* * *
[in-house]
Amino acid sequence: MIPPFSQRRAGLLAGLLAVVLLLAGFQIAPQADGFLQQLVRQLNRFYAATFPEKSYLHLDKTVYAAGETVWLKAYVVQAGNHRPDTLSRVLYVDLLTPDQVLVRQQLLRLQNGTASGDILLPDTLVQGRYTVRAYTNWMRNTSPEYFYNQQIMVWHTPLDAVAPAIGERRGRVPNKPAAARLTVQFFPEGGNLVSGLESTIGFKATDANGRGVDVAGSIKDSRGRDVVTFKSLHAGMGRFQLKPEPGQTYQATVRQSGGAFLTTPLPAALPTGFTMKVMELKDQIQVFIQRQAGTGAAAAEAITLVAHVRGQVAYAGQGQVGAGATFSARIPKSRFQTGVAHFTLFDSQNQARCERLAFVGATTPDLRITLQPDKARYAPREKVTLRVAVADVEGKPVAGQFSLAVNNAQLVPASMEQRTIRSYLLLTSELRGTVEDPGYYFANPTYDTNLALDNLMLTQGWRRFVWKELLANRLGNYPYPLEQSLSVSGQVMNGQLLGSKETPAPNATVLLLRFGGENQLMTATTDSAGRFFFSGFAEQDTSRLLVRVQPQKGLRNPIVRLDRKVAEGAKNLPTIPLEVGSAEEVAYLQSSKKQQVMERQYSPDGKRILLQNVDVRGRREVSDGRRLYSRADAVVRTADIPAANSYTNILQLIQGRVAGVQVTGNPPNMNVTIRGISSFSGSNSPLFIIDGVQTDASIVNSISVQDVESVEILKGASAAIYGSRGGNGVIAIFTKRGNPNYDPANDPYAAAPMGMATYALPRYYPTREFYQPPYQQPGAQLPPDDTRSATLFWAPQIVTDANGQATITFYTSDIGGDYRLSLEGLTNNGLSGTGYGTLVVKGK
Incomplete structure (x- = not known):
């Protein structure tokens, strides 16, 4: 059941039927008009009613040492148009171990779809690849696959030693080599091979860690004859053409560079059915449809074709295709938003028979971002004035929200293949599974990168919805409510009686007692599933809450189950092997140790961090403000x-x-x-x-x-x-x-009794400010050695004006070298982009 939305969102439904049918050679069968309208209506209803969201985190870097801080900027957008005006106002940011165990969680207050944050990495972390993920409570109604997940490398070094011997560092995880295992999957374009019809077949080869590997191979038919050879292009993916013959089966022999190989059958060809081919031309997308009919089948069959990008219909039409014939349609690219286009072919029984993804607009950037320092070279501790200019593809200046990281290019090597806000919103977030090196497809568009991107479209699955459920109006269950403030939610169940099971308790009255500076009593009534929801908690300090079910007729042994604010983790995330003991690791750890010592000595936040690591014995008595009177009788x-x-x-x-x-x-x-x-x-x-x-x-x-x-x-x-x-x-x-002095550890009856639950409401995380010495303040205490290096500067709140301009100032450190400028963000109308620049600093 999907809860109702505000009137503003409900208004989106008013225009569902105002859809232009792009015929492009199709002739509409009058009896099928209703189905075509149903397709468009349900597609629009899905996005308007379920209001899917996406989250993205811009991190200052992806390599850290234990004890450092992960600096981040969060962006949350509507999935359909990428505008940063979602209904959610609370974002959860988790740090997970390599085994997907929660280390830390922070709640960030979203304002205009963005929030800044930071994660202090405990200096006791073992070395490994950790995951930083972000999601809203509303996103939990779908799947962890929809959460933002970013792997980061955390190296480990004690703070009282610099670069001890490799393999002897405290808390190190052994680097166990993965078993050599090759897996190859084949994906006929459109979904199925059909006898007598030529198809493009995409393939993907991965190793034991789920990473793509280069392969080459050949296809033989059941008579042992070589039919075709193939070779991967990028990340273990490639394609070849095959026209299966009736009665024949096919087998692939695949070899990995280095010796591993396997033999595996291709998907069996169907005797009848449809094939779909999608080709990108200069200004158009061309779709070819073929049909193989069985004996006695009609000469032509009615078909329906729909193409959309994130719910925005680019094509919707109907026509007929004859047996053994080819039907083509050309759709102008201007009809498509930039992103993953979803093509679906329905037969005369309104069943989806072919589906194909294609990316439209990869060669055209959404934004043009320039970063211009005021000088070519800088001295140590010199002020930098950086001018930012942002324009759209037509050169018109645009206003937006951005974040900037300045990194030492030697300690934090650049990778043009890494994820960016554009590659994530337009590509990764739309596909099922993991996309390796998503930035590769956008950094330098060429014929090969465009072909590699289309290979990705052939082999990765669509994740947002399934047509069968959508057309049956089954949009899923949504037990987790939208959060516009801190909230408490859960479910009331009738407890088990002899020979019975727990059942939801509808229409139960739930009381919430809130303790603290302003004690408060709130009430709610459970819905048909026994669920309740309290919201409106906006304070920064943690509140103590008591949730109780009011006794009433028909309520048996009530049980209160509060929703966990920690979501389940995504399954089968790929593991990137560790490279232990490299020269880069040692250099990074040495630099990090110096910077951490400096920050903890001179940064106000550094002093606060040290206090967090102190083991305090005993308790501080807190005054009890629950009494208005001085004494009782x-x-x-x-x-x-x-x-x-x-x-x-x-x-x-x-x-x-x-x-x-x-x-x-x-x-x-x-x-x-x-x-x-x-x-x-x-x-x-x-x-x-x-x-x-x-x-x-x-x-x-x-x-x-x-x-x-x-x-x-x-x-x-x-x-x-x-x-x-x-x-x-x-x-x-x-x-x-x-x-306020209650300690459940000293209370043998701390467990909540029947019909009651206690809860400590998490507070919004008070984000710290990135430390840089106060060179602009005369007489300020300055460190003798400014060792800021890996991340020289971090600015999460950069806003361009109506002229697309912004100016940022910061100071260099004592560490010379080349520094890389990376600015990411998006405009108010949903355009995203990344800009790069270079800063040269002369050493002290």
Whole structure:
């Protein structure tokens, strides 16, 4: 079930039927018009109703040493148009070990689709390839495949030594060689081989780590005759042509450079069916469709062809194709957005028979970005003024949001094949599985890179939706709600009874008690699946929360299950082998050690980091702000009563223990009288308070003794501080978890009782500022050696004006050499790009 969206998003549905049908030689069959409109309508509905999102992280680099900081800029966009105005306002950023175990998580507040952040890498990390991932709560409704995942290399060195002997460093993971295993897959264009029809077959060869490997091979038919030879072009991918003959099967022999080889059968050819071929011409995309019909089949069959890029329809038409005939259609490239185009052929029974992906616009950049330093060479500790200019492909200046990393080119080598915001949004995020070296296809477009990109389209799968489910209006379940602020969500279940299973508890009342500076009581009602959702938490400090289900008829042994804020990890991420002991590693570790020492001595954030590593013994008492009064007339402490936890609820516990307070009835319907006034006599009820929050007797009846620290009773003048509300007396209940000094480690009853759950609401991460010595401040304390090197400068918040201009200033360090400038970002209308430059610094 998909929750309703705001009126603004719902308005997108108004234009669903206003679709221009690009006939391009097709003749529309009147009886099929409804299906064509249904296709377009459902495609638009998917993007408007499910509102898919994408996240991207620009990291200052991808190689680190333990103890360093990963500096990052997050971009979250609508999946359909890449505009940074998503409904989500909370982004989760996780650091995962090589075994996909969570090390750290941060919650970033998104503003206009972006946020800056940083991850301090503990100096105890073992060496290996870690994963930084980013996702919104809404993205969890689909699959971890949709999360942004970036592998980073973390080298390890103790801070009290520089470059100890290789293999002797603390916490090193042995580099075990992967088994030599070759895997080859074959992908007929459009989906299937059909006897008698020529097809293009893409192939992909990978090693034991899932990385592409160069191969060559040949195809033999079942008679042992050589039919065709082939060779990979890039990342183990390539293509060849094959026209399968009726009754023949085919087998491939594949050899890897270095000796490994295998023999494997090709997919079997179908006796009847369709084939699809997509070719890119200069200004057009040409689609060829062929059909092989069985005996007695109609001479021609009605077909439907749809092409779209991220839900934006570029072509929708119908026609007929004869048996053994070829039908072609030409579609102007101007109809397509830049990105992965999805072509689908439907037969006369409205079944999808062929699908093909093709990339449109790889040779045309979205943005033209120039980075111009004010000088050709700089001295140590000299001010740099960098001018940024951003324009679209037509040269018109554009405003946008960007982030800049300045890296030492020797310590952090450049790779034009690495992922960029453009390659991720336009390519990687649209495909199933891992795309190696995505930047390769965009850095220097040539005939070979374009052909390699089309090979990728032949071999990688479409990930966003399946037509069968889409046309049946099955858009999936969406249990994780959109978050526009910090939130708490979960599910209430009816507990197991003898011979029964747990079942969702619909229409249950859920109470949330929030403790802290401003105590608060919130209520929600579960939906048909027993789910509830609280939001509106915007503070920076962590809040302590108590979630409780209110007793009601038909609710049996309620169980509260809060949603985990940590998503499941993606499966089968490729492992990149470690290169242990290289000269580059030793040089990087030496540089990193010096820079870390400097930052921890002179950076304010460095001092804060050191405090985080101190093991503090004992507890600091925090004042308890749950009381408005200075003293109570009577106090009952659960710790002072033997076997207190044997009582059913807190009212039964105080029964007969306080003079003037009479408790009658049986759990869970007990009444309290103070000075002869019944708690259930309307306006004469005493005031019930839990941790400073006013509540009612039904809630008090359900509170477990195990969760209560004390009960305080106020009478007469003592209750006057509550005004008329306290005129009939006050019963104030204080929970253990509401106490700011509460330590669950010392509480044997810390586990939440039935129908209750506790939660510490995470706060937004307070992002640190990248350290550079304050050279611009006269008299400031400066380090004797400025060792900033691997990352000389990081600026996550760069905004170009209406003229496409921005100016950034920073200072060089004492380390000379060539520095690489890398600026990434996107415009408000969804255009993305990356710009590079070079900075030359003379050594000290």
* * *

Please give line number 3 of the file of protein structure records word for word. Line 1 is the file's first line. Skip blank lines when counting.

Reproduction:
Incomplete structure (x- = not known):